There have been lots of thoughts on this movie already, but I felt I needed to add my two cents, because, well, lots of people are just plain wrong.
Okay, maybe people have good reason to be disappointed with The Hobbit: An Unexpected Journey, but I wanted to tell you why you shouldn't be.
I think we all had a bit of an inkling that the film version of our beloved book, The Hobbit, wasn't quite going to follow the book precisely when we learned it was going to be two movies. I mean, each of the books in the Lord of the Rings trilogy got one movie and they're all longer than The Hobbit...so logic already started us down this path.
Then we found out it was going to be three movies.
Slight doubt was replaced with actual knowledge. The movie version(s) of The Hobbit was NOT GOING TO FOLLOW THE BOOK exactly.
So, why are so many people coming out of this movie utterly disappointed the movie didn't follow the book? You already knew this going in! There were no expectations to dash in this regard and if you had any expectations, they should have rightfully been dashed weeks if not months before the viewing of this movie.
The Hobbit delivers with orc-slaying, adventure-having, rock-throwing, breath-taking goodness. What's wrong with that?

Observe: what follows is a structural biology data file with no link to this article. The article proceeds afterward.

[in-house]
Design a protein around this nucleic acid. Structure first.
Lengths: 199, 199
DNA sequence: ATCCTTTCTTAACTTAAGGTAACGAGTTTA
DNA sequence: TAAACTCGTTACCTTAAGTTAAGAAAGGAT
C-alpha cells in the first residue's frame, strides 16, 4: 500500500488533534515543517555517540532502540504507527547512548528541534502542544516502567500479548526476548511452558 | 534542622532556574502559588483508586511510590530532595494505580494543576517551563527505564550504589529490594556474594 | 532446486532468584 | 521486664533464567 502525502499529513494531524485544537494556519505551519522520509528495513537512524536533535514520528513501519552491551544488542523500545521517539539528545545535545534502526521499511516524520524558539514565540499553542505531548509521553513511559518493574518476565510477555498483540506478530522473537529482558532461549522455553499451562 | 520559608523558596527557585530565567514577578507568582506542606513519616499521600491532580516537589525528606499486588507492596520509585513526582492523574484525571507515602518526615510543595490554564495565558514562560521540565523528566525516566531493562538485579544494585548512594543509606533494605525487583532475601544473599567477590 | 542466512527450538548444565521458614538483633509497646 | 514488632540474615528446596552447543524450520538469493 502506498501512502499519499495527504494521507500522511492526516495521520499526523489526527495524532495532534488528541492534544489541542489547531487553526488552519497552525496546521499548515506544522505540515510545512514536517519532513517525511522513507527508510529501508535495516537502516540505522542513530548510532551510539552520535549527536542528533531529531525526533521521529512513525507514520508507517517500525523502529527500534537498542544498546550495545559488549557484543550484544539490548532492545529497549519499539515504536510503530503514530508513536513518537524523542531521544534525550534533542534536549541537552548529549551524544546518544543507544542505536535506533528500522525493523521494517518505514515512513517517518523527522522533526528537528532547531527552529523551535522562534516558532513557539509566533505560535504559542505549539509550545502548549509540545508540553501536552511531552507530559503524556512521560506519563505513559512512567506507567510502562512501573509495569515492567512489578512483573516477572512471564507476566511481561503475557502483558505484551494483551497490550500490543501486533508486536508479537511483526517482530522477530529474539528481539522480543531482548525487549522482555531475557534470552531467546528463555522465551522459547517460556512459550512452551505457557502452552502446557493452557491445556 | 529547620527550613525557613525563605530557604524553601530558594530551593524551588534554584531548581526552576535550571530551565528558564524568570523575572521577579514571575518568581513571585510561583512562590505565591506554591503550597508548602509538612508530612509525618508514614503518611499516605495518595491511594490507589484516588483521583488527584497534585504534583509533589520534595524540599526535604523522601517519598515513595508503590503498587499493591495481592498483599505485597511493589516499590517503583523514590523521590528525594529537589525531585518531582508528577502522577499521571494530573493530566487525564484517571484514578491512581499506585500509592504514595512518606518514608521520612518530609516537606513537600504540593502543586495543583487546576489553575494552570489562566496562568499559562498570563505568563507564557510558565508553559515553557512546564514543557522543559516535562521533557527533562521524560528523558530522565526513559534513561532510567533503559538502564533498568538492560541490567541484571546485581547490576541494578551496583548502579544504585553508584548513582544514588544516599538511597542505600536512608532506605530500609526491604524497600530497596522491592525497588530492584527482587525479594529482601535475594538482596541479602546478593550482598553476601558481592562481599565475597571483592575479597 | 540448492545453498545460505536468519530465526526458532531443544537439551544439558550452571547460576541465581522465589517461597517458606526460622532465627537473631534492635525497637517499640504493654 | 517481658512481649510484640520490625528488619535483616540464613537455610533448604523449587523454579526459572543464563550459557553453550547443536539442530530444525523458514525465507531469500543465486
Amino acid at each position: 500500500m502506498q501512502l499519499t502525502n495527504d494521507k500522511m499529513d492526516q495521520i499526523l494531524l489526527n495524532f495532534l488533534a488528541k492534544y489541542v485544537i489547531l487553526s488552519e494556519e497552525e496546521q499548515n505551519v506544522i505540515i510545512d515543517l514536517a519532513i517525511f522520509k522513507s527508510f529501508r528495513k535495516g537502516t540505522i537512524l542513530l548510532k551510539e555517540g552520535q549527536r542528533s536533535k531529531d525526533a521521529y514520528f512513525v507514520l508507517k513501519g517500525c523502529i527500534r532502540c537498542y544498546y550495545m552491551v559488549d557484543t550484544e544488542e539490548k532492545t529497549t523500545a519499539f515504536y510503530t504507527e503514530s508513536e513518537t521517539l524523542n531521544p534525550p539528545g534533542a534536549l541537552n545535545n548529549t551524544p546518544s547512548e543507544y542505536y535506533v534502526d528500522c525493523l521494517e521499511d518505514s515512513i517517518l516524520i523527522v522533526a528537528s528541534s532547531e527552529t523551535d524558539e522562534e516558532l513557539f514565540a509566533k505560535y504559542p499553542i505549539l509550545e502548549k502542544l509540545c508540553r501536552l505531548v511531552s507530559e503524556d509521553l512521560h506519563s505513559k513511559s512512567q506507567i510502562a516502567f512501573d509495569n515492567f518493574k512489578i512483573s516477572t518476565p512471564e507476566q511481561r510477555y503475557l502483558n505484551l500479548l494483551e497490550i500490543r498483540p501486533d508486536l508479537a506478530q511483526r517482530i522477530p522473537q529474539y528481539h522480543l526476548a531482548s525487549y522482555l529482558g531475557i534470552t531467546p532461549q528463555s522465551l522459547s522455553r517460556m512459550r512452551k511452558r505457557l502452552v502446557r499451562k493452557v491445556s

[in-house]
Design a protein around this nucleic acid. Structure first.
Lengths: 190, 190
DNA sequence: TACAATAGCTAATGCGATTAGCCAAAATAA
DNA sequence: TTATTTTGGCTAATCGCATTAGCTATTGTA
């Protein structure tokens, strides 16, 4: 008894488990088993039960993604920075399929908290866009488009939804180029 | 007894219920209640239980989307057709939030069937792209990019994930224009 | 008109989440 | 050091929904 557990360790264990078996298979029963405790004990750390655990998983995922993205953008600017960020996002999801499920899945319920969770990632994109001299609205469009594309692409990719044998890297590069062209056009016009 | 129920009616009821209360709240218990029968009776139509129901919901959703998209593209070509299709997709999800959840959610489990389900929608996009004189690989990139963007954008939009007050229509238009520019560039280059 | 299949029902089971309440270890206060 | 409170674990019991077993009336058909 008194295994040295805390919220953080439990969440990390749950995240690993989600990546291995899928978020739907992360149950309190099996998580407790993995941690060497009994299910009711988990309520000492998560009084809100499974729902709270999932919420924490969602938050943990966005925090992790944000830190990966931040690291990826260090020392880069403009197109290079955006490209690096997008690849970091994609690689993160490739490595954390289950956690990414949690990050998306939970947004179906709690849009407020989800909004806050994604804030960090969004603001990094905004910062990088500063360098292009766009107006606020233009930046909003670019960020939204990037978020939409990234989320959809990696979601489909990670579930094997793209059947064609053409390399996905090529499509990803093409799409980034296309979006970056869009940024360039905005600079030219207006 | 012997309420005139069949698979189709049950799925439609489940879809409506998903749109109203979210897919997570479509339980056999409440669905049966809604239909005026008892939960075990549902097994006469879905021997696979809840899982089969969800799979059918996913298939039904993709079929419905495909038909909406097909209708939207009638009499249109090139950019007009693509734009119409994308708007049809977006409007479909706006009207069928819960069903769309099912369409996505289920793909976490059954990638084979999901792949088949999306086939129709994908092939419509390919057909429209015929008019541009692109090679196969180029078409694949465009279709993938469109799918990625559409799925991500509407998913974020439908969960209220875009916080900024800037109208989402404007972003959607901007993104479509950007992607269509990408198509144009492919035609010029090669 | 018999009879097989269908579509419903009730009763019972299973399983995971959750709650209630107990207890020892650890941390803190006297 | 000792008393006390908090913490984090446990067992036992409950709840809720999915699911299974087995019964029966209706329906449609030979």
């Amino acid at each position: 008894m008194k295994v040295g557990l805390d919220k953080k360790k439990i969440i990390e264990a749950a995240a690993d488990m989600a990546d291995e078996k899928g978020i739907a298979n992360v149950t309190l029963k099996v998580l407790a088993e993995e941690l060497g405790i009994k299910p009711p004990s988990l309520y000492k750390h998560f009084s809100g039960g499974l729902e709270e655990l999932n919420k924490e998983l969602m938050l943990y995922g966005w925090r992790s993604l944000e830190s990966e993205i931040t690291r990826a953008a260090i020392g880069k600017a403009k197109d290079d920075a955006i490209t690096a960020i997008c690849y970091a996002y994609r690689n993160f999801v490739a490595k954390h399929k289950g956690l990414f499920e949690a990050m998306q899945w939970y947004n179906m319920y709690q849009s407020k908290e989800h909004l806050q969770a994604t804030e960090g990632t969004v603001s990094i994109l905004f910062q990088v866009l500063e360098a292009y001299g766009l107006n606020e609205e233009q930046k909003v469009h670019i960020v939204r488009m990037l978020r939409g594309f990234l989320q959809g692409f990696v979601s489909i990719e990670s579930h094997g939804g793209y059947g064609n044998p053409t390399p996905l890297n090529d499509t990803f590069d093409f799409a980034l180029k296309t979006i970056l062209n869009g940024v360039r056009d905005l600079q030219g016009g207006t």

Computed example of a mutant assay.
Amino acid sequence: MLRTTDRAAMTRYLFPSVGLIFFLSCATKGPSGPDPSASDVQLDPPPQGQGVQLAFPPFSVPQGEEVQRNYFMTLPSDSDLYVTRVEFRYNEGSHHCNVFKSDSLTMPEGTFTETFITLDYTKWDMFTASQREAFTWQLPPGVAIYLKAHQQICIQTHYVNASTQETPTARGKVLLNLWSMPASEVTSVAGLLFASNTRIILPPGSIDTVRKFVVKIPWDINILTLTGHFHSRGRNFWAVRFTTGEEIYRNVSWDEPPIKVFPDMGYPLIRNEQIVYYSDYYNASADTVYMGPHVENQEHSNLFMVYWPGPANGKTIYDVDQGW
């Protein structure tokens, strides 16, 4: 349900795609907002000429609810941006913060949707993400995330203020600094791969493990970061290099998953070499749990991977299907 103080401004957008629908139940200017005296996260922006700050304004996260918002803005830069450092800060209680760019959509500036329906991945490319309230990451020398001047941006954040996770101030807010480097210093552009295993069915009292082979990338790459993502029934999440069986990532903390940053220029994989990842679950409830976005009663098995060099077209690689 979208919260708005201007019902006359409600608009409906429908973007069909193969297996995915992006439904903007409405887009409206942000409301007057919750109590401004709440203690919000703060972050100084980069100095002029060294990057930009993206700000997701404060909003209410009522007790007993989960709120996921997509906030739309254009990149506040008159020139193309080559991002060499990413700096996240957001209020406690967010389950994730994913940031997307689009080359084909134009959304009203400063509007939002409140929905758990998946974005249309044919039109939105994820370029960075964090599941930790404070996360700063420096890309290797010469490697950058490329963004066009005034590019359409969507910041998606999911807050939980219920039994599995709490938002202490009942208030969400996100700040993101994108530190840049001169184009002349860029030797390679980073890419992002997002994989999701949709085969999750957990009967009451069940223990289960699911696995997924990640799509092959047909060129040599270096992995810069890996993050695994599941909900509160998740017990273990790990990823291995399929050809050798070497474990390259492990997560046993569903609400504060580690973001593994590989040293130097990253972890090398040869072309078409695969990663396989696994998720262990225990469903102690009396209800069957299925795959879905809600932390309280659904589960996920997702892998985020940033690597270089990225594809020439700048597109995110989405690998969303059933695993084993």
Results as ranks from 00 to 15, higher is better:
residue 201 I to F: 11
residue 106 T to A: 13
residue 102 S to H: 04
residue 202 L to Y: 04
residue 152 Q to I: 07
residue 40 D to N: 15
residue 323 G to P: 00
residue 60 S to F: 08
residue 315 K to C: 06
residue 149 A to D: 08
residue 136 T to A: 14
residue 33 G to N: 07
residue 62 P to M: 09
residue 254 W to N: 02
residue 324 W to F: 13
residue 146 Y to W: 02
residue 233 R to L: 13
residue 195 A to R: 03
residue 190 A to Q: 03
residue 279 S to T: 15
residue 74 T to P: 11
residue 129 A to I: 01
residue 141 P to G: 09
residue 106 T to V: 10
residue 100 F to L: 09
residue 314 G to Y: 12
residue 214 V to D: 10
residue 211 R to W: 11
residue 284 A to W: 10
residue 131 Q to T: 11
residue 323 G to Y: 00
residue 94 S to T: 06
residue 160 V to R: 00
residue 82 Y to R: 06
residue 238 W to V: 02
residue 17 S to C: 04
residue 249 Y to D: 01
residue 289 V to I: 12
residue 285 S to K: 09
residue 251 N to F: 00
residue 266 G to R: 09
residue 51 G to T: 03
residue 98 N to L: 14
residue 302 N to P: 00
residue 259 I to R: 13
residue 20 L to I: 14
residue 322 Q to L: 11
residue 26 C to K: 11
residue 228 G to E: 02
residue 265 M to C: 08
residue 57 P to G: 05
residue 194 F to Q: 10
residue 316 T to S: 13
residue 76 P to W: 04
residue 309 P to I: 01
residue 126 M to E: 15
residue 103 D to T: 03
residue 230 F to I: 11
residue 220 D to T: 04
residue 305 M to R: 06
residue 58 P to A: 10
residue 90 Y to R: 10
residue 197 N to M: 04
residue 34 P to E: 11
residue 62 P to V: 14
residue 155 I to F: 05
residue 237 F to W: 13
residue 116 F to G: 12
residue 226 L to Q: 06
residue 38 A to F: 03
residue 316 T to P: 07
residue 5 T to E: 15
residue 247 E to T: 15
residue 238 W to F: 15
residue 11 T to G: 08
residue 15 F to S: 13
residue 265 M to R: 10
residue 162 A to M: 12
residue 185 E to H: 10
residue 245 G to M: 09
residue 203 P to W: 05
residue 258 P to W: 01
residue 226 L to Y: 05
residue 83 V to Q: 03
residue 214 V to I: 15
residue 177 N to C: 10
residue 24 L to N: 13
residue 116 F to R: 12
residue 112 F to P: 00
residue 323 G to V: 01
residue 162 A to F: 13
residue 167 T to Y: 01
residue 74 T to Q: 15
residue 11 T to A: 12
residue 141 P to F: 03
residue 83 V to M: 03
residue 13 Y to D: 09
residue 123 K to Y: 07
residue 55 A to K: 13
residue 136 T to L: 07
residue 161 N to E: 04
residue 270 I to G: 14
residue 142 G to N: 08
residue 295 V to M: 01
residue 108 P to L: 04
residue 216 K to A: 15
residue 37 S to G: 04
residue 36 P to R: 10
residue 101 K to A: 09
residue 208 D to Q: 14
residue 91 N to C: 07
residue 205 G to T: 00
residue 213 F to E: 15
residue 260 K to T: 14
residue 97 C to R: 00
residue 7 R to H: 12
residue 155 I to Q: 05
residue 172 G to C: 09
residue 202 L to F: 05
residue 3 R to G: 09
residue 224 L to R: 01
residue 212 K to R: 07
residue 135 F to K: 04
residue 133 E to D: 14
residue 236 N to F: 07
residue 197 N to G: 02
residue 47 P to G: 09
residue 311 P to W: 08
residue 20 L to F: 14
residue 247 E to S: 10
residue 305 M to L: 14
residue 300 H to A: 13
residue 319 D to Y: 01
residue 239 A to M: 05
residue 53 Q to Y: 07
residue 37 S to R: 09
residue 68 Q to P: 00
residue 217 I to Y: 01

Now there are few books I reread, there are just too many to go through once, but The Hobbit is one of the rare books I've read twice. It will always have a special place in my heart and I still loved this movie.
I'm not going to say it was completely devoid of fault. Two things irritated me for a time and they were the handling of the troll scene, which was good in its own right, but COMPLETELY different when it could have been kept the same. The other thing was the use of CGI was a bit (okay really) heavy at times especially for the main big baddie. This was still nothing to ruin my enjoyment, we're back in middle earth people!
If you could only have seen my face as I watched The Hobbit. There was literally a smile ear to ear the entire time. I loved it.
I'm pleading with you, manage your expectations. Think of this as Peter Jackson goes to Middle Earth (with possibly the only goal of staying consistent with his earlier films). You'll be much happier.
EDIT: If you would prefer an article that actually uses the expansive Middle Earth source material and you know sources in general (you know, what some may call a credible argument), this one's excellent.